There are so many ways to be a fox.
For a lady then mascara, a feather boa, and an inviting look is enough, but any person of any age or sex who's being cunning is being foxy.
A time-traveller from several hundred years ago can be a fox simply by being drunk.
A barrel of beer (The Word Den does have some very odd readers)is foxed when it's gone sour; a fish is foxed when it's stupefied; a horse is foxed when it's had its ears trimmed; a book is foxed when its pages are marked with brown spots; and a shoe is foxed when it's had its uppers repaired, possibly with decorative strips of leather.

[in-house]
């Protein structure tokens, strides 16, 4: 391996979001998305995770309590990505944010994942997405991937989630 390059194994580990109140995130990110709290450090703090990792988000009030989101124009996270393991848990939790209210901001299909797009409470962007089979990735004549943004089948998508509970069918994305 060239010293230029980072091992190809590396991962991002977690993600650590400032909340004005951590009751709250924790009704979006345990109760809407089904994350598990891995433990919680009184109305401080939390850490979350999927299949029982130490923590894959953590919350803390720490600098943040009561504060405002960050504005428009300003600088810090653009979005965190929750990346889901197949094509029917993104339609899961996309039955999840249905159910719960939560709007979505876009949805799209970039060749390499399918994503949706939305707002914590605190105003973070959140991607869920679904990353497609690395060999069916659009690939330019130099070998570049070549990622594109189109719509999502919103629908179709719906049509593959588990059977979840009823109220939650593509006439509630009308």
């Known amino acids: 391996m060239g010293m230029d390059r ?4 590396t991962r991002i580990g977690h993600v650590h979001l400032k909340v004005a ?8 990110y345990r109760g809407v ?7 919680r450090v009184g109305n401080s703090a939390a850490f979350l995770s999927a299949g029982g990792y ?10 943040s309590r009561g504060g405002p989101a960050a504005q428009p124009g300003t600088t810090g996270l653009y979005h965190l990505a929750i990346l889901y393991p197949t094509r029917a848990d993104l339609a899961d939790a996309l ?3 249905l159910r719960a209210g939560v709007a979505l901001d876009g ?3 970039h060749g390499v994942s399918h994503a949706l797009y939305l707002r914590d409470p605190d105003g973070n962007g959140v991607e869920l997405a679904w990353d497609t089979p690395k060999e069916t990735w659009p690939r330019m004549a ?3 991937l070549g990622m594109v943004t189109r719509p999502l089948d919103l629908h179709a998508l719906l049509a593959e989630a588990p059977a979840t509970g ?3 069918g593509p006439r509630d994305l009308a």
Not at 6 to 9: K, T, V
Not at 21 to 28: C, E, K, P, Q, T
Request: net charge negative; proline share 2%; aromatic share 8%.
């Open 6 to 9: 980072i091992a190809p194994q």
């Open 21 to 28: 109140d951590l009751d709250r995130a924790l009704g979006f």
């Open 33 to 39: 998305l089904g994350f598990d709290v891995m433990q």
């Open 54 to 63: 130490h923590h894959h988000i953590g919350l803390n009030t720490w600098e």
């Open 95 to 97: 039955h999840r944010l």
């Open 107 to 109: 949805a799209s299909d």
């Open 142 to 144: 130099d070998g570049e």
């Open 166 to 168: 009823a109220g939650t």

If you're not a barrel of beer, a fish, a horse, a book or a shoe, then you can always do an Australian fox, which will mean either to pursue someone stealthily, or to chase and retrieve a ball.
I think I'll go with the chasing-a-ball option, myself.
Thing To Do Today. Possibly: be foxy. This word has been the same for about a thousand years. It's related to the Sanskrit word puccha, which means tail.
Most of the fox terms are to do with a fox's cunning or its colour. The term for drunkenness is probably something to do with the colour of a drunkard's nose.